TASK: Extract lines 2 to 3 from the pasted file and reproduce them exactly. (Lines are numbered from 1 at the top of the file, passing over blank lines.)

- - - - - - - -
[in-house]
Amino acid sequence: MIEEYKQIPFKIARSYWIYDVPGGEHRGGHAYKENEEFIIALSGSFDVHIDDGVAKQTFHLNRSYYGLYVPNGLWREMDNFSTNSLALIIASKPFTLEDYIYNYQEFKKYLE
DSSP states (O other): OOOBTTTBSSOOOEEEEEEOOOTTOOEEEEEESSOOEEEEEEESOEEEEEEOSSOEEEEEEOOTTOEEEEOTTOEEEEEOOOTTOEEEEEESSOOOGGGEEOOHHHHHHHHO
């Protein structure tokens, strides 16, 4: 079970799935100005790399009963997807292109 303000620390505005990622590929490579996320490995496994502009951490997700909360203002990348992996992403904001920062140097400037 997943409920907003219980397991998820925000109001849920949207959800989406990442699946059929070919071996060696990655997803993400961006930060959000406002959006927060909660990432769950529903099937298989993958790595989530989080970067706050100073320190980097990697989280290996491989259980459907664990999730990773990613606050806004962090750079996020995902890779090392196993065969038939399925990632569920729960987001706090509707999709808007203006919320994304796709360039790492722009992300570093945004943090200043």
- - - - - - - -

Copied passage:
Amino acid sequence: MIEEYKQIPFKIARSYWIYDVPGGEHRGGHAYKENEEFIIALSGSFDVHIDDGVAKQTFHLNRSYYGLYVPNGLWREMDNFSTNSLALIIASKPFTLEDYIYNYQEFKKYLE
DSSP states (O other): OOOBTTTBSSOOOEEEEEEOOOTTOOEEEEEESSOOEEEEEEESOEEEEEEOSSOEEEEEEOOTTOEEEEOTTOEEEEEOOOTTOEEEEEESSOOOGGGEEOOHHHHHHHHO